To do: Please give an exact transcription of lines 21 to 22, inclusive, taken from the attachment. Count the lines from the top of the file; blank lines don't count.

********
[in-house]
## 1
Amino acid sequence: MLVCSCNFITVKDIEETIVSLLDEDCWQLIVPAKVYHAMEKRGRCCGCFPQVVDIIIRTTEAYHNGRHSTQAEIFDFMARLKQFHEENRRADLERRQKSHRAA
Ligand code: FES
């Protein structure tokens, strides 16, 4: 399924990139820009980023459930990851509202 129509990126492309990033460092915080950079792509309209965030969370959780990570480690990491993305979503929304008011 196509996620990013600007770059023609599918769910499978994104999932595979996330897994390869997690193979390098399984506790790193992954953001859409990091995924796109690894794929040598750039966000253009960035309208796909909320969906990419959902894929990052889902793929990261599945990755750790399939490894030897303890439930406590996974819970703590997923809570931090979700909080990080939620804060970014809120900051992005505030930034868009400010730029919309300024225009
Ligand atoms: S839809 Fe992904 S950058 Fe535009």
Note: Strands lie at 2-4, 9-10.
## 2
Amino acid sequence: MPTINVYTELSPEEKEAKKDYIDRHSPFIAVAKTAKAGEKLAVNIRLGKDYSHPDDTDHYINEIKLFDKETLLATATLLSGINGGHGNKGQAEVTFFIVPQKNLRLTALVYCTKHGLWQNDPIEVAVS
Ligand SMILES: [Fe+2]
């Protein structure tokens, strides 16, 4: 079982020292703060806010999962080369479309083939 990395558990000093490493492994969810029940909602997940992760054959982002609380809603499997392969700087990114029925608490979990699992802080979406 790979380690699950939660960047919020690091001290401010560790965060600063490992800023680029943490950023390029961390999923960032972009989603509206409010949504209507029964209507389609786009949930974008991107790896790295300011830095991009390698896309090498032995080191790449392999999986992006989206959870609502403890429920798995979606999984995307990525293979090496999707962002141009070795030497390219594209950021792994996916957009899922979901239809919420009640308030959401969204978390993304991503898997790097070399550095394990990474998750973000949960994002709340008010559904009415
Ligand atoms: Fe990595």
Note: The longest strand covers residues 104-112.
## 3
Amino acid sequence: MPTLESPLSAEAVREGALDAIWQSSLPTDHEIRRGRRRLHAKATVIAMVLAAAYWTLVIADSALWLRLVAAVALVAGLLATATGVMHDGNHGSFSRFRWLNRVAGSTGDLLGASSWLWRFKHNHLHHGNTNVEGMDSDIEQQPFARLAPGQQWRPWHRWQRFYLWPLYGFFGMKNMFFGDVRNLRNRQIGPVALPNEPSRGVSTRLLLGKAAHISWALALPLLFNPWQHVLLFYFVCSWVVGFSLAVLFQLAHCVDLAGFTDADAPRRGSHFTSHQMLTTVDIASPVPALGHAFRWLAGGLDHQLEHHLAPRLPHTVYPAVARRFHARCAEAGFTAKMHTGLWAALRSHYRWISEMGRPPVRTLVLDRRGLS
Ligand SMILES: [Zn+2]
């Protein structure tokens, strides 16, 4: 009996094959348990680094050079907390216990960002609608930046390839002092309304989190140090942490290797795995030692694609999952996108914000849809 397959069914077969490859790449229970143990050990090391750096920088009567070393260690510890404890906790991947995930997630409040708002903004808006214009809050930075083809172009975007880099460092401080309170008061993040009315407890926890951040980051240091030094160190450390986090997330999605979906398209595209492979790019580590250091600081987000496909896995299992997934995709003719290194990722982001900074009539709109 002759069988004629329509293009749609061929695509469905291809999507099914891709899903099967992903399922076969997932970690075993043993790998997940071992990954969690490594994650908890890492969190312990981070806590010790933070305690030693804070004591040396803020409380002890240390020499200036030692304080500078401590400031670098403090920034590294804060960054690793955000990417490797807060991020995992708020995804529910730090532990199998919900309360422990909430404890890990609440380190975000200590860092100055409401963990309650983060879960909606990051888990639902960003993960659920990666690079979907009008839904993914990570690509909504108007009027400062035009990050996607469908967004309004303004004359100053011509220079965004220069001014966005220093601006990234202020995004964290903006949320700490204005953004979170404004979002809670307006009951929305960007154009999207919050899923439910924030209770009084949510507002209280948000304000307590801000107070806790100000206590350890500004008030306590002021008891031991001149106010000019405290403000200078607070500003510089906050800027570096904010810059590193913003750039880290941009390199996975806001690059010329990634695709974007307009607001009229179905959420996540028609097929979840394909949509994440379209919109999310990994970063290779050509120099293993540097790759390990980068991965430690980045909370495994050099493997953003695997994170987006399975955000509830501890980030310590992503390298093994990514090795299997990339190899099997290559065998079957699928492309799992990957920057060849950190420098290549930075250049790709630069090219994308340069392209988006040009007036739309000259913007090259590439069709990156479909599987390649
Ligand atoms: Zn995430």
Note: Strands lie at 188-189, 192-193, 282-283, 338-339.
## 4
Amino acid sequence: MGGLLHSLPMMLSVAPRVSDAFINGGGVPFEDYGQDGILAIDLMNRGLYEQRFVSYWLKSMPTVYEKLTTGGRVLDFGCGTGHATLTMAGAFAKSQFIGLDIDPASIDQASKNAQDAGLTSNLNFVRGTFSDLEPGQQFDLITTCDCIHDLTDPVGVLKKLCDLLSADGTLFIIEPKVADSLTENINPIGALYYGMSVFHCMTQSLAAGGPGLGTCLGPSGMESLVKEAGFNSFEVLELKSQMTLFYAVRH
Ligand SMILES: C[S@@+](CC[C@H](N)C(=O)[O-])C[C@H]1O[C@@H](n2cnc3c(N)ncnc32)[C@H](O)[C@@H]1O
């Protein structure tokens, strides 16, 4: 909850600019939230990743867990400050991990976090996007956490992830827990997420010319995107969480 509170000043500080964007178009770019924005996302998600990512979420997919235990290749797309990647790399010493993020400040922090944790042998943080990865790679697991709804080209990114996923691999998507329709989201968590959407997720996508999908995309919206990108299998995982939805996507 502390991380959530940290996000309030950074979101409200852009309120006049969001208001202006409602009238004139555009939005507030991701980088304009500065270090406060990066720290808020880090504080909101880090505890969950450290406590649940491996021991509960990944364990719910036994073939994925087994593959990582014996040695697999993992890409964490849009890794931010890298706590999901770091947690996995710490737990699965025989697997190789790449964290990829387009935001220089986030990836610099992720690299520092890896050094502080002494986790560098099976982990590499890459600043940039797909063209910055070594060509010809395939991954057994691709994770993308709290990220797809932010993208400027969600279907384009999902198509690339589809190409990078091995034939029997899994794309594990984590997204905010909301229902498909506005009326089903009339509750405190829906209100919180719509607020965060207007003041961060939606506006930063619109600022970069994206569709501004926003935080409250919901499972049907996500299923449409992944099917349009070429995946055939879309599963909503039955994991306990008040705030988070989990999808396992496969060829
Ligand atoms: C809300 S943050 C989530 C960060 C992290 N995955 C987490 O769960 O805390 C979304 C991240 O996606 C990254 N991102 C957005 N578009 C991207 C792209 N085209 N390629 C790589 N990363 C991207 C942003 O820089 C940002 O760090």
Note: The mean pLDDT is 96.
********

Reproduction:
Amino acid sequence: MGGLLHSLPMMLSVAPRVSDAFINGGGVPFEDYGQDGILAIDLMNRGLYEQRFVSYWLKSMPTVYEKLTTGGRVLDFGCGTGHATLTMAGAFAKSQFIGLDIDPASIDQASKNAQDAGLTSNLNFVRGTFSDLEPGQQFDLITTCDCIHDLTDPVGVLKKLCDLLSADGTLFIIEPKVADSLTENINPIGALYYGMSVFHCMTQSLAAGGPGLGTCLGPSGMESLVKEAGFNSFEVLELKSQMTLFYAVRH
Ligand SMILES: C[S@@+](CC[C@H](N)C(=O)[O-])C[C@H]1O[C@@H](n2cnc3c(N)ncnc32)[C@H](O)[C@@H]1O